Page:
Long-term and short-term bonds, particularly safe haven government options like Treasury notes, can give portfolios the fixed income exposure they require.
Which one is best for an investor? It depends what they’re looking for.
“All else being equal, a bond with a longer maturity usually will pay a higher interest rate than a shorter-term bond,” a CNN Money article explained. “For example, 30-year Treasury bonds often pay a full percentage point or two more interest than five-year Treasury notes.”
“The reason: A longer-term bond carries greater risk that higher inflation could reduce the value of payments, as well as greater risk that higher overall interest rates could cause the bond’s price to fall,” the article added. “Bonds with maturities of one to 10 years are sufficient for most long-term investors. They yield more than shorter-term bonds and are less volatile than longer-term issues.”
Fixed income investors looking for a long-term Treasury option can consider the Vanguard Long-Term Treasury Index Fund ETF Shares (VGLT ). With its paltry expense ratio of just 0.05%, cost-conscious fixed income investors have the fund they’re looking for in VGLT.
VGLT seeks to track the performance of a market-weighted Treasury index with a long-term dollar-weighted average maturity. The fund employs an indexing investment approach designed to track the performance of the Bloomberg Barclays U.S. Long Treasury Bond Index.
This index includes fixed income securities issued by the U.S. Treasury (not including inflation-protected bonds), with maturities greater than 10 years. Under normal circumstances, at least 80% of the fund’s assets will be invested in bonds included in the index.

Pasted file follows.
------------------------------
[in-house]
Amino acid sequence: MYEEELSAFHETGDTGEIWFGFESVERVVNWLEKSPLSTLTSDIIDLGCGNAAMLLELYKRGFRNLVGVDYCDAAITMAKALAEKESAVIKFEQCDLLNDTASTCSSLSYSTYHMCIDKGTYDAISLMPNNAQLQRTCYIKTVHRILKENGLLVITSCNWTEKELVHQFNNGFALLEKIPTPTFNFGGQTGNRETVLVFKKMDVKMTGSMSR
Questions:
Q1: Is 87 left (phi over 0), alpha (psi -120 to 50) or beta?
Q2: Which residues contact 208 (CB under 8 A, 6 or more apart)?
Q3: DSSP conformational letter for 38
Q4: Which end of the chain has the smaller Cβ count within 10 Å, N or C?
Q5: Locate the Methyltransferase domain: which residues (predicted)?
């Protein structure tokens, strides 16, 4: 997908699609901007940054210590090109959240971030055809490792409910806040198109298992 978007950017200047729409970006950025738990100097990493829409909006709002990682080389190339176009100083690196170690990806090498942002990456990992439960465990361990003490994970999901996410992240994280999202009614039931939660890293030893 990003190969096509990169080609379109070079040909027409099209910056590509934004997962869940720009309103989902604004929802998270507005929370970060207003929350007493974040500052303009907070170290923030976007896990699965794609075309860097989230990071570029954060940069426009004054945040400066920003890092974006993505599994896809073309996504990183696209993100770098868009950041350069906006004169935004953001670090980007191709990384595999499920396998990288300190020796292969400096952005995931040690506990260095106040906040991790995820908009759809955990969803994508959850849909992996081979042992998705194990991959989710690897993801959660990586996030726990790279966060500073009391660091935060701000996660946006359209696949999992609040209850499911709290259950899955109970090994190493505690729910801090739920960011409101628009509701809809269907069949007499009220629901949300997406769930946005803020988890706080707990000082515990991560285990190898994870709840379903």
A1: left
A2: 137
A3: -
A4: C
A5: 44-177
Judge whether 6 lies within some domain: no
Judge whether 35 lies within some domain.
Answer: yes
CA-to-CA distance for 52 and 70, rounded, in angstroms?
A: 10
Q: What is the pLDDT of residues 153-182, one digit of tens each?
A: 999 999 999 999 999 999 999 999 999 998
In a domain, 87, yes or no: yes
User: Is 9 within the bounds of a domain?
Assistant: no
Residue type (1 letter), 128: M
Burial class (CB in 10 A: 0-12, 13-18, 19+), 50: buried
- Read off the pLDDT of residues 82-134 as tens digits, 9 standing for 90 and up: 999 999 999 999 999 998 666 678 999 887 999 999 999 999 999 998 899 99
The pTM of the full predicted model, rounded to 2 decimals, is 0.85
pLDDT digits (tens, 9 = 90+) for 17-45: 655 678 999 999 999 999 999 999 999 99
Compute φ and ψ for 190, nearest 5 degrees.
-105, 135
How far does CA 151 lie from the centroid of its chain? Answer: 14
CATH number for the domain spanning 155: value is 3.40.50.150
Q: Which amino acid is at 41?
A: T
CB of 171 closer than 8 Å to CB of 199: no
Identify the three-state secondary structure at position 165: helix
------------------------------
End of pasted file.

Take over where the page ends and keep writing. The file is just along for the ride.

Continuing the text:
The Flip Side of the Yield Curve
On the shorter side of the yield curve, getting less duration risk can protect fixed income investors should rates unexpectedly rise. At the current time, the Federal Reserve is looking to stand pat on raising rates for at least another year. Short-term bonds can offer investors protection should the Fed reverse course.
One option can be had with the Vanguard Short-Term Treasury ETF (VGSH ). This ETF offers exposure to short-term government bonds, focusing on Treasury bonds that mature in one to three years.
- Seeks to provide current income with modest price fluctuation.
- Invests primarily in high-quality (investment-grade) U.S. Treasury bonds.
- Maintains a dollar-weighted average maturity of 1 to 3 years.
For more news, information, and strategy, visit the Fixed Income Channel.